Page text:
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1.  Protective effect of probiotics on Salmonella infectivity assessed with combined in vitro gut fermentation-cellular models 
BMC Microbiology  2011;11:264.
Background
Accurate assessment of probiotics with targeted anti-Salmonella activity requires suitable models accounting for both, microbe-microbe and host-microbe interactions in gut environments. Here we report the combination of two original in vitro intestinal models closely mimicking the complex in vivo conditions of the large intestine. Effluents from continuous in vitro three-stage fermentation colonic models of Salmonella Typhimurium infection inoculated with immobilized child microbiota and Salmonella were directly applied to confluent mucus-secreting HT29-MTX cell layers. The effects of Salmonella, addition of two bacteriocinogenic strains, Bifidobacterium thermophilum RBL67 (thermophilicin B67) and Escherichia coli L1000 (microcin B17), and inulin were tested on Salmonella growth and interactions with epithelial cell layers. Salmonella adhesion and invasion were investigated and epithelial integrity assessed by transepithelial electrical resistance (TER) measurements and confocal microscopy observation. Data from complex effluents were compared with pure Salmonella cultures.
Results
Salmonella in effluents of all reactors of the colonic fermentation model stabilized at mean values of 5.3 ± 0.8 log10 cfu/ml effluent. Invasion of cell-associated Salmonella was up to 50-fold lower in complex reactor samples compared to pure Salmonella cultures. It further depended on environmental factors, with 0.2 ± 0.1% being measured with proximal, 0.6 ± 0.2% with transverse and 1.3 ± 0.7% with distal reactor effluents, accompanied by a similar high decrease of TER across cell monolayers (minus 45%) and disruption of tight junctions. Subsequent addition of E. coli L1000 stimulated Salmonella growth (6.4 ± 0.6 log10 cfu/ml effluent of all 3 reactors) and further decreased TER, but led to 10-fold decreased invasion efficiency when tested with distal reactor samples. In contrast, presence of B. thermophilum RBL67 revealed a protective effect on epithelial integrity compared to previous E. coli L1000 periods, as reflected by a significant mean increase of TER by 58% in all reactors. Inulin addition enhanced Salmonella growth and invasion when tested with distal and proximal reactor samples, respectively, but induced a limited decrease of TER (minus 18%) in all reactors.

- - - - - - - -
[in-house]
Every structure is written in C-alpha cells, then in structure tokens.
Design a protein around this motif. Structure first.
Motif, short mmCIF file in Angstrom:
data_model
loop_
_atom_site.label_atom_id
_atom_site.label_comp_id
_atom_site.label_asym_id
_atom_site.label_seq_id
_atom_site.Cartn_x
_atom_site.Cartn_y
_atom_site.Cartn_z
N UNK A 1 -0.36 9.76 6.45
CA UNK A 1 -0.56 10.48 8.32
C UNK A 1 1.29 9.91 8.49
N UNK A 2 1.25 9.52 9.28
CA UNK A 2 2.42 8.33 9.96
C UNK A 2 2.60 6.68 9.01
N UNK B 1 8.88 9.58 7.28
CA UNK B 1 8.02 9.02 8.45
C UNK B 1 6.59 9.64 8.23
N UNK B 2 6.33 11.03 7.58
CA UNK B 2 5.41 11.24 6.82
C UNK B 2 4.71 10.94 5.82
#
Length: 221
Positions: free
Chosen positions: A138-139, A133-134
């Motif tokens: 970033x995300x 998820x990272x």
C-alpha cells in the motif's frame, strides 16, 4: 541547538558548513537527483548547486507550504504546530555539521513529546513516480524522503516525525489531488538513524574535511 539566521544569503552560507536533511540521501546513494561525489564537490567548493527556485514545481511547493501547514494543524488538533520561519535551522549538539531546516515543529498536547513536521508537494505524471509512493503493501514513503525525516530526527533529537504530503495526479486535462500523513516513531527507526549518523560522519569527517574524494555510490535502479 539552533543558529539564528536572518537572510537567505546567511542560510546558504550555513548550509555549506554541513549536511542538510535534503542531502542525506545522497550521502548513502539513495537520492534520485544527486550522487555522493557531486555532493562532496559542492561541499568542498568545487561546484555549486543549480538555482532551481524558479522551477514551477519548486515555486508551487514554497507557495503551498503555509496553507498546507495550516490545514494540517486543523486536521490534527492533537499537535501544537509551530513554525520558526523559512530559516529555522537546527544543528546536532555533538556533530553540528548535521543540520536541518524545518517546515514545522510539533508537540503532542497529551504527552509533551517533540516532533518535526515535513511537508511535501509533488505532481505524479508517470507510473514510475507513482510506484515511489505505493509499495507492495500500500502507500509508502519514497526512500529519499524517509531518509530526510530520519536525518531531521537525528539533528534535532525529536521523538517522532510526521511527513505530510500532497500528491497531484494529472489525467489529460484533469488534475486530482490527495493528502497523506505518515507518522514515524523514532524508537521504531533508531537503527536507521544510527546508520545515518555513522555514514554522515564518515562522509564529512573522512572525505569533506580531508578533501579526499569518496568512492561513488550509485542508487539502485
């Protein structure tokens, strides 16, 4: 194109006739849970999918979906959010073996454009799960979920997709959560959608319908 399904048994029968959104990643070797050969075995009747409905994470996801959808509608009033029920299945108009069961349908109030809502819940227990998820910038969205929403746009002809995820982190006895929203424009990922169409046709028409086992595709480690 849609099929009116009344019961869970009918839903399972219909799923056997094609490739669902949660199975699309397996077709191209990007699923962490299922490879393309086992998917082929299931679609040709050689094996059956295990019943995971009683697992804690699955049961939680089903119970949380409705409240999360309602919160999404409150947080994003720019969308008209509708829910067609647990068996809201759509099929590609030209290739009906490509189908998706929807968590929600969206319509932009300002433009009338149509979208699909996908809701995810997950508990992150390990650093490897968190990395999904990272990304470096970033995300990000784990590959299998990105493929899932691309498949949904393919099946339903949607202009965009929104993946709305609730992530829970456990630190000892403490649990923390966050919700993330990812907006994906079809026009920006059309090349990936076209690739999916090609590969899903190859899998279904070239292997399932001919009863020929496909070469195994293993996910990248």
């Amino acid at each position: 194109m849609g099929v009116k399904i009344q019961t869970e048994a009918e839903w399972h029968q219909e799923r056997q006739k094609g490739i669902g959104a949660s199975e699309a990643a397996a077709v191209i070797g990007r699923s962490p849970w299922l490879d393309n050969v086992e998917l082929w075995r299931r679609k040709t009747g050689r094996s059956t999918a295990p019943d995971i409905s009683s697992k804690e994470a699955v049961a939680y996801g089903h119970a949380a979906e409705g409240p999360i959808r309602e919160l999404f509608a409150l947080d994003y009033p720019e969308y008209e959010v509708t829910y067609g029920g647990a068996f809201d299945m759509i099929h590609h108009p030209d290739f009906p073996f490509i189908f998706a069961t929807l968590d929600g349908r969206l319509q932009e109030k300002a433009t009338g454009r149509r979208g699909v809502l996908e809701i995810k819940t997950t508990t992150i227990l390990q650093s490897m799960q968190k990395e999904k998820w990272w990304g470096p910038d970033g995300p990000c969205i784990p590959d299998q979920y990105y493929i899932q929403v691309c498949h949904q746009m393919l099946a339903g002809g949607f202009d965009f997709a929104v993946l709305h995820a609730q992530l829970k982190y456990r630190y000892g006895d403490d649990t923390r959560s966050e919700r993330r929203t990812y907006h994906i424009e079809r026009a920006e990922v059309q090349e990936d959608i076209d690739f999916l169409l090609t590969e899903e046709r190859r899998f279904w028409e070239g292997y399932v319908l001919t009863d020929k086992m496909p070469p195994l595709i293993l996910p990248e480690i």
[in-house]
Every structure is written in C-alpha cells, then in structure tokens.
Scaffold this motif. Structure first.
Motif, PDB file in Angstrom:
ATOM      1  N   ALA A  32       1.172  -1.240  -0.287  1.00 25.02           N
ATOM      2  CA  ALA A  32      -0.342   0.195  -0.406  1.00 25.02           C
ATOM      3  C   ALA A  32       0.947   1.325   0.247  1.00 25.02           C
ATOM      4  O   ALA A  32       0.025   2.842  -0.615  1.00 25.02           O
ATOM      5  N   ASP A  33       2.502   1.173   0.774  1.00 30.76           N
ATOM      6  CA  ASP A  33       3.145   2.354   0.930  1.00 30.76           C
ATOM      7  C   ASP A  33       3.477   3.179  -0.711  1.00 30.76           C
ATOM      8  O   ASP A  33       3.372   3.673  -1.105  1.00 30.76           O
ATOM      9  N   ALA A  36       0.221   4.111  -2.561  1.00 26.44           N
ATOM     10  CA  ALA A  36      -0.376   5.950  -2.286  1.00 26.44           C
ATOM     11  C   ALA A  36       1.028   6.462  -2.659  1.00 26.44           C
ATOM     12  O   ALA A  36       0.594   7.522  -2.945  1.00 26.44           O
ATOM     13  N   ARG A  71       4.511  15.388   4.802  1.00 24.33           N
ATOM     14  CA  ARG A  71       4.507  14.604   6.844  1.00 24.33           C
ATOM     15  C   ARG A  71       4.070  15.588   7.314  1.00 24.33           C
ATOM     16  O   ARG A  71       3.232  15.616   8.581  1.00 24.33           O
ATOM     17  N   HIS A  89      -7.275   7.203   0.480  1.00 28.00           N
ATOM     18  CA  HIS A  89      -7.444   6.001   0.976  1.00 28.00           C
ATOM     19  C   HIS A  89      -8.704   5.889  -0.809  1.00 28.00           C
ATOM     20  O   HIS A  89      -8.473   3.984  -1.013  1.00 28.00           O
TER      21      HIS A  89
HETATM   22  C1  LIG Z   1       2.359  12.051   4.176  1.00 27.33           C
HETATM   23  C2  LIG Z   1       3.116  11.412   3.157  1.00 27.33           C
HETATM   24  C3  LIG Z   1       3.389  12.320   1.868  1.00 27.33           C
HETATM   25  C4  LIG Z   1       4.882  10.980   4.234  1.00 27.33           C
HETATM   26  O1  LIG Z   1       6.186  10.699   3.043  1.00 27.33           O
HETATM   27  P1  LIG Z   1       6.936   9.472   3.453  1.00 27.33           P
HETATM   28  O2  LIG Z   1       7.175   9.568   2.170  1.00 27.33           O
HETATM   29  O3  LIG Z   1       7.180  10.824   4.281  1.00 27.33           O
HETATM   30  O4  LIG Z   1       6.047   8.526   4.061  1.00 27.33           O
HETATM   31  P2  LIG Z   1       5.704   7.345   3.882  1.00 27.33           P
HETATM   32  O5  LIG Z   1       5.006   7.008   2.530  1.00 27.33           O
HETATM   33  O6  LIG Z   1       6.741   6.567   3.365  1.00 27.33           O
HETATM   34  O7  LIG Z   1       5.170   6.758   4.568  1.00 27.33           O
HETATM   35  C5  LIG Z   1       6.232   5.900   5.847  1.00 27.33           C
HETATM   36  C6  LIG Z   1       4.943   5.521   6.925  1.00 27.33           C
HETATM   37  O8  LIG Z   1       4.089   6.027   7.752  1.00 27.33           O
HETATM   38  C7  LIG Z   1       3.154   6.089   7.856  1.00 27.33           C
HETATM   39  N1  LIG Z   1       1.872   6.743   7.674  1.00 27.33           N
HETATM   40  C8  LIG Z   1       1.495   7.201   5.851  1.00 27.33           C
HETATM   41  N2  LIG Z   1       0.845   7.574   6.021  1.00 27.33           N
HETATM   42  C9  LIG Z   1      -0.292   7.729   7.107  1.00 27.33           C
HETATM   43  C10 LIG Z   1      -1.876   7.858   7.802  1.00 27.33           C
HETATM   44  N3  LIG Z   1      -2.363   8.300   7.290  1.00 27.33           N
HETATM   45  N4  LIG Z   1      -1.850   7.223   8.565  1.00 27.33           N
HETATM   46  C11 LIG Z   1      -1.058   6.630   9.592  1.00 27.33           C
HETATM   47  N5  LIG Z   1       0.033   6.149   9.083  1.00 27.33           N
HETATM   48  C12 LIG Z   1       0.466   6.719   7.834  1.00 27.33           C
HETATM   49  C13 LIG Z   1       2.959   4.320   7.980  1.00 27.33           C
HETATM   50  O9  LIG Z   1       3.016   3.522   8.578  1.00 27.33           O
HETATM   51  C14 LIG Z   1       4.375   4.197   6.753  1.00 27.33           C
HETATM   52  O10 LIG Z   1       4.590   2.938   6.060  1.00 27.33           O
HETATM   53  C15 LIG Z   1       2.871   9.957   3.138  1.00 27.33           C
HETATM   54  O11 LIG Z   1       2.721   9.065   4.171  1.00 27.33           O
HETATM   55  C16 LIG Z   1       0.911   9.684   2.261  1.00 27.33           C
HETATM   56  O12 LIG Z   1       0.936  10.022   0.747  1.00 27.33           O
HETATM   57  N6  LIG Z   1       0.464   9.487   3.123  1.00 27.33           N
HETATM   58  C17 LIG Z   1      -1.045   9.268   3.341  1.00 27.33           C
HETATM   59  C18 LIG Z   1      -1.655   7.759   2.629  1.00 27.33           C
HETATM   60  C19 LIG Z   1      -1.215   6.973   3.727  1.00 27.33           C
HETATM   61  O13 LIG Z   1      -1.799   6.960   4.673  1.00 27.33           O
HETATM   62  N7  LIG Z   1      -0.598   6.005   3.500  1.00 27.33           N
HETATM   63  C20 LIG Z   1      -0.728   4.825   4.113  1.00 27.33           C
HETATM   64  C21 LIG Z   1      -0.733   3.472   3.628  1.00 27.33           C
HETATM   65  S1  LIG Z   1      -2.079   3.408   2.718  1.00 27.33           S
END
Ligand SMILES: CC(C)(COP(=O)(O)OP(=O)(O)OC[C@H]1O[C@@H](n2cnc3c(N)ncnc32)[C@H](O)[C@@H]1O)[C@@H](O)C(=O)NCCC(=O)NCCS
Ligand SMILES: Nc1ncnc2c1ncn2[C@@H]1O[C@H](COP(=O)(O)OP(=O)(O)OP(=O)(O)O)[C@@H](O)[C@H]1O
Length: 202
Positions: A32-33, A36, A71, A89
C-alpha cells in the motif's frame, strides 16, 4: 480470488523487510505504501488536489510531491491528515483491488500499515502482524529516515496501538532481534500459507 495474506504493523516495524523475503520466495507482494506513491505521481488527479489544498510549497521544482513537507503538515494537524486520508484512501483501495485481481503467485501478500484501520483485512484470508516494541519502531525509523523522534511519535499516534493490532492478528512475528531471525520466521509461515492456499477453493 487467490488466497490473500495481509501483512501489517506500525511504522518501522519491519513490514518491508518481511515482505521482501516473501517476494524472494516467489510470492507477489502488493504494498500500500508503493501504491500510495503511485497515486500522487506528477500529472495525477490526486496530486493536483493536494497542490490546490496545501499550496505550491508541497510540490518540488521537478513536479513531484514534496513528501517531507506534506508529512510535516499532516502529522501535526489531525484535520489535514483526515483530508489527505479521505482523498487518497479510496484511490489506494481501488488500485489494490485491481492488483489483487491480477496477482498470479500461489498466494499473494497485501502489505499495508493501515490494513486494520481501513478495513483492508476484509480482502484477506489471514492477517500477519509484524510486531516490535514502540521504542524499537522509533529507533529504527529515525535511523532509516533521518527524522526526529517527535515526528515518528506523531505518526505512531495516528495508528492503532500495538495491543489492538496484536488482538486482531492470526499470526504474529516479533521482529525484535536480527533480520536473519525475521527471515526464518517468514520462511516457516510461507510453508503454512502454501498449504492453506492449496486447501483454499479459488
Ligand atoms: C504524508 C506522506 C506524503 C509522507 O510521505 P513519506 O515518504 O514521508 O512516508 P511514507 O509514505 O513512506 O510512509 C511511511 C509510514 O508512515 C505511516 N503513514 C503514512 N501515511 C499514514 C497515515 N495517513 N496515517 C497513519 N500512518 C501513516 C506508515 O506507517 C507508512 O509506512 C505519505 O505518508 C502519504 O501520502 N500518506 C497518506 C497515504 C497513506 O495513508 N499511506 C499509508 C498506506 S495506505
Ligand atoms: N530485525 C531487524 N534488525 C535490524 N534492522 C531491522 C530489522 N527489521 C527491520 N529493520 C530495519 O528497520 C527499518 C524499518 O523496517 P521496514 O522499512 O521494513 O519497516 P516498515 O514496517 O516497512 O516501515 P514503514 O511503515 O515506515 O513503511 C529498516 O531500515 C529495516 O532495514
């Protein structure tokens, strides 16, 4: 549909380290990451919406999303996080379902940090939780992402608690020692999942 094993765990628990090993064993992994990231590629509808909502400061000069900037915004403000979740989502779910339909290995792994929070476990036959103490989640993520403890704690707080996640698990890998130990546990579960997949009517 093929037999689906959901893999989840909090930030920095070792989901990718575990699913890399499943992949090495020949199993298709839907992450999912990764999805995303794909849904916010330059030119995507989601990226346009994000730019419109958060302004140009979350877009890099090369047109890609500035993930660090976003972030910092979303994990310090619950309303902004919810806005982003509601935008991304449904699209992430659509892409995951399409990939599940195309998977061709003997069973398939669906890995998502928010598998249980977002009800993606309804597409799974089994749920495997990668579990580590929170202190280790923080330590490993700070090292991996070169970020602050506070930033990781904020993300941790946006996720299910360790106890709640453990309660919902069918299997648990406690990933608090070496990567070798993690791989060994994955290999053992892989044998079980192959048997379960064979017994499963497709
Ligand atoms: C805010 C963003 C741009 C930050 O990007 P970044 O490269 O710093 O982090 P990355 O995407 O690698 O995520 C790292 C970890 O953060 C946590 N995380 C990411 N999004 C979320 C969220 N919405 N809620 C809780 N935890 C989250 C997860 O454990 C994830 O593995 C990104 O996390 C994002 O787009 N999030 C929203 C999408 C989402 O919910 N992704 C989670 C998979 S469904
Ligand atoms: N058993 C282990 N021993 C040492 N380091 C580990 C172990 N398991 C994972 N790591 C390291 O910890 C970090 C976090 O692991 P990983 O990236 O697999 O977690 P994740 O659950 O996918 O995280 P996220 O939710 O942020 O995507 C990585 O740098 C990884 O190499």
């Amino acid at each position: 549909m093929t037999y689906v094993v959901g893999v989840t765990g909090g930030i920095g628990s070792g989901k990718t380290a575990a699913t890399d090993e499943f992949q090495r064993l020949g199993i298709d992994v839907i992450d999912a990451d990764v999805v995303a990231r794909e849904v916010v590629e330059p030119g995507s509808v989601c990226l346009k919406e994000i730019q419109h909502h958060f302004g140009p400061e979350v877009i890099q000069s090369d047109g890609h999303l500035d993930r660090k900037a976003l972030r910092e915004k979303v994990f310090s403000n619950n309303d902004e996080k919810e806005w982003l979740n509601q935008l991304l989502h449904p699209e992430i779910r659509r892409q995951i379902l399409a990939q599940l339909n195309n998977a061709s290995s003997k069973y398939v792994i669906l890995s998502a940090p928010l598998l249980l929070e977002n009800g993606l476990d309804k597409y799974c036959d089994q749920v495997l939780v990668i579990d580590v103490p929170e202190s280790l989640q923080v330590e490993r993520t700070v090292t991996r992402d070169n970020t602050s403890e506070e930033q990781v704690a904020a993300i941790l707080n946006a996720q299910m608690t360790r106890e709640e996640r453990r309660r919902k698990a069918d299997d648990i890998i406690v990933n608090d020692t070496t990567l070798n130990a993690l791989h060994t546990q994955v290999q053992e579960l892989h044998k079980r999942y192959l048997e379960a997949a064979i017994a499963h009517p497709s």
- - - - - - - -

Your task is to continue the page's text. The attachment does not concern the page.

Conclusions
Our results highlight the benefits of combining suitable cellular and colonic fermentation models to assess strain-specific first-level host protection properties of probiotics during Salmonella infection, providing an efficient system biology tool for preclinical development of new antimicrobials.
doi:10.1186/1471-2180-11-264
PMCID: PMC3295705  PMID: 22171685
2.  Population dynamics of two antilisterial cheese surface consortia revealed by temporal temperature gradient gel electrophoresis 
BMC Microbiology  2010;10:74.
Background
Surface contamination of smear cheese by Listeria spp. is of major concern for the industry. Complex smear ecosystems have been shown to harbor antilisterial potential but the microorganisms and mechanisms involved in the inhibition mostly remain unclear, and are likely related to complex interactions than to production of single antimicrobial compounds. Bacterial biodiversity and population dynamics of complex smear ecosystems exhibiting antilisterial properties in situ were investigated by Temporal temperature gradient gel electrophoresis (TTGE), a culture independent technique, for two microbial consortia isolated from commercial Raclette type cheeses inoculated with defined commercial ripening cultures (F) or produced with an old-young smearing process (M).
Results